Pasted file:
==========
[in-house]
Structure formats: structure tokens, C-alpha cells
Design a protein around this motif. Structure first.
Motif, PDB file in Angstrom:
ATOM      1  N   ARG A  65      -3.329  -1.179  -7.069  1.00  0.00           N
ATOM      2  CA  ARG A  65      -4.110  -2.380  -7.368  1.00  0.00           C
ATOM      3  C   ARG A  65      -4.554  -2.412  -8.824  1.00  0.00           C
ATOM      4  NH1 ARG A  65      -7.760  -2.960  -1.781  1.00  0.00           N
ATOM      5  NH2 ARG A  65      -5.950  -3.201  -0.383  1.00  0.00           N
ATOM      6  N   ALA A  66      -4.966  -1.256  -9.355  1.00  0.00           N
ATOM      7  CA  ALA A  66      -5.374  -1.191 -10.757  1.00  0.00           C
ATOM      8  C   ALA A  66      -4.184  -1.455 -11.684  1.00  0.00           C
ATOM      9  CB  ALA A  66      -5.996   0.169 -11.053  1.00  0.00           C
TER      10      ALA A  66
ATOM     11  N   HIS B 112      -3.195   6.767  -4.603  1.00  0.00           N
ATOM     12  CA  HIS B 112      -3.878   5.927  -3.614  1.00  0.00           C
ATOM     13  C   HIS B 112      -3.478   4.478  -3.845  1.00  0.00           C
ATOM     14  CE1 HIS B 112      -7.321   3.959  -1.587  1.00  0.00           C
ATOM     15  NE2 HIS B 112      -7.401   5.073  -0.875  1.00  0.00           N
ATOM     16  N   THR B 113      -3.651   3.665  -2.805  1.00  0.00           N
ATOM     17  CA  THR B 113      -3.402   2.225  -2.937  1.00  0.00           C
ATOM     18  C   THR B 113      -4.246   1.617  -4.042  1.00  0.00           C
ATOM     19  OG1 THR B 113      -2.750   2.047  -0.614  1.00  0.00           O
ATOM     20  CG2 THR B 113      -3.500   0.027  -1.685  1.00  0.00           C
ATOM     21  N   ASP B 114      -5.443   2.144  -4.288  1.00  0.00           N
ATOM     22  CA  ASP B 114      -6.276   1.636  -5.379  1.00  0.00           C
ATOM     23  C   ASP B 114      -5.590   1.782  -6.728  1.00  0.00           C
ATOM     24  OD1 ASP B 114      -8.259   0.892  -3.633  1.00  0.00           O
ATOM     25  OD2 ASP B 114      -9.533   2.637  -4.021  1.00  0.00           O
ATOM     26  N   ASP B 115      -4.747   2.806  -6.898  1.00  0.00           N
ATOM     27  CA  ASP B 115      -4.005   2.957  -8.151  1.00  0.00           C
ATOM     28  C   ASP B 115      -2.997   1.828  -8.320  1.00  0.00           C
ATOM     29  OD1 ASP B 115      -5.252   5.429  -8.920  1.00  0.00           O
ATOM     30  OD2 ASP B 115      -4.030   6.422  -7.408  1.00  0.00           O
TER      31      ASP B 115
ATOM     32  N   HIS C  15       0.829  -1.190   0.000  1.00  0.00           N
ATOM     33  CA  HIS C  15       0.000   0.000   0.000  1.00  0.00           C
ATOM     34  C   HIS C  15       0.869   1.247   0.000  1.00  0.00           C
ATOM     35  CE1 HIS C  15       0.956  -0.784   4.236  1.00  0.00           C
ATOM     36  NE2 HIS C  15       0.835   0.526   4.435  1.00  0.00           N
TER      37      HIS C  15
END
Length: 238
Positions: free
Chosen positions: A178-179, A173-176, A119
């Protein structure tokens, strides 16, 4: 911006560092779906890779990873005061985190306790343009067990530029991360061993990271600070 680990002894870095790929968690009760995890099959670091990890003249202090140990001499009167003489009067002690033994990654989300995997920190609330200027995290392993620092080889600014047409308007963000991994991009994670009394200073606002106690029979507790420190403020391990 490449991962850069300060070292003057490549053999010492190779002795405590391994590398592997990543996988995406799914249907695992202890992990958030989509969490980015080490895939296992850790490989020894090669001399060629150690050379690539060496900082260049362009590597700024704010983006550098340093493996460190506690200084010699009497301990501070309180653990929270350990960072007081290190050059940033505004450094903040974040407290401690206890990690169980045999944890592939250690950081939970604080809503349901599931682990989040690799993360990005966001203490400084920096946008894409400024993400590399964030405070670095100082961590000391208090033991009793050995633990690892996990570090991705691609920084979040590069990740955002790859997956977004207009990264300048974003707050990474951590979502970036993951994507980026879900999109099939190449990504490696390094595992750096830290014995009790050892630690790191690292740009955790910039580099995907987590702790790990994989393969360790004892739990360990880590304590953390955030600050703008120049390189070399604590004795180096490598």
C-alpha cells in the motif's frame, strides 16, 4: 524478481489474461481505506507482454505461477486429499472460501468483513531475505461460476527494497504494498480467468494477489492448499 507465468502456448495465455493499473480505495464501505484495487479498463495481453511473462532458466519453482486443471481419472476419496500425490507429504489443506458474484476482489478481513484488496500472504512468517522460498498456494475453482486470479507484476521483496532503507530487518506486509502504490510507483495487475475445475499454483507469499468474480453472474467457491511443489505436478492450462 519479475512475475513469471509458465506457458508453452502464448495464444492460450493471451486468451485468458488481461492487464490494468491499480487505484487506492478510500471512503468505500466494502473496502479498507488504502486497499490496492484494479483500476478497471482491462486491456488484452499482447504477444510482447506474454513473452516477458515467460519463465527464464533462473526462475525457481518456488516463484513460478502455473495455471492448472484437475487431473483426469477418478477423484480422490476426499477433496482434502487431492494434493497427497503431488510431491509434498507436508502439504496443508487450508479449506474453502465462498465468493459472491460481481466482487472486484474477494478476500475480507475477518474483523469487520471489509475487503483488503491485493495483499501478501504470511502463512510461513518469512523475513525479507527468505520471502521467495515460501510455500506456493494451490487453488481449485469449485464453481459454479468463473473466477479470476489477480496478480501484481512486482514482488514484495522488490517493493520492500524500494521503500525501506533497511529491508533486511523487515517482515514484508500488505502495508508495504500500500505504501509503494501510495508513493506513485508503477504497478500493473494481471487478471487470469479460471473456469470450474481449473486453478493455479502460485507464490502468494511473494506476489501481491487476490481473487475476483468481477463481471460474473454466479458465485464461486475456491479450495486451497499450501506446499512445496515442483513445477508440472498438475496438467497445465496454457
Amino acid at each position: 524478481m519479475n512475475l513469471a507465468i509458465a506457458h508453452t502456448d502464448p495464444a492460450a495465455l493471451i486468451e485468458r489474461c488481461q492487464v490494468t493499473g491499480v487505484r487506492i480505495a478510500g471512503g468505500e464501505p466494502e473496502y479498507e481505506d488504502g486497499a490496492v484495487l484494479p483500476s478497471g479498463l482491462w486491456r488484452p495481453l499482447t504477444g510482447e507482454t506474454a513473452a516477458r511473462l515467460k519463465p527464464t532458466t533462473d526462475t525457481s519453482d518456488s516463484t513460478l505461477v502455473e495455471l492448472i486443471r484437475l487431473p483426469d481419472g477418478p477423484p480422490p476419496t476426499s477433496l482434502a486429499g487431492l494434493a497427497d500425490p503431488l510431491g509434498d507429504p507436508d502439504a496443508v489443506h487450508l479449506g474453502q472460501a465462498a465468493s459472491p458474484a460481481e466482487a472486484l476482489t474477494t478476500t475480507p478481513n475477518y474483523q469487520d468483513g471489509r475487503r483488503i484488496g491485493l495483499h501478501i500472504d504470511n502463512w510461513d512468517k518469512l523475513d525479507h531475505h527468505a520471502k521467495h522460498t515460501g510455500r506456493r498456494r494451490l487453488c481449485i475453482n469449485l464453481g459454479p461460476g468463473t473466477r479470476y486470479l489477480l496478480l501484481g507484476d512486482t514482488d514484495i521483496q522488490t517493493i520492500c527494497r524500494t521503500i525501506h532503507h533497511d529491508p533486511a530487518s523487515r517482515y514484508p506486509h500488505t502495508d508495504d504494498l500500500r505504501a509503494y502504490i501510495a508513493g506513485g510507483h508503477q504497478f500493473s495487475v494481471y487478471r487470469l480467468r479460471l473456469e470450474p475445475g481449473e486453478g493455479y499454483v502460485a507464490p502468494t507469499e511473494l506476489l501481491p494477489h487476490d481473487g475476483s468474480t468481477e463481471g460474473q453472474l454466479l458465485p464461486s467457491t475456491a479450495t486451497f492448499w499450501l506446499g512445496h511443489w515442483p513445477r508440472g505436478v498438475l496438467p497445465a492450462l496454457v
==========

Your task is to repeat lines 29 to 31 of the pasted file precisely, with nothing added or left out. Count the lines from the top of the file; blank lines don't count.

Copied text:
ATOM     25  OD2 ASP B 114      -9.533   2.637  -4.021  1.00  0.00           O
ATOM     26  N   ASP B 115      -4.747   2.806  -6.898  1.00  0.00           N
ATOM     27  CA  ASP B 115      -4.005   2.957  -8.151  1.00  0.00           C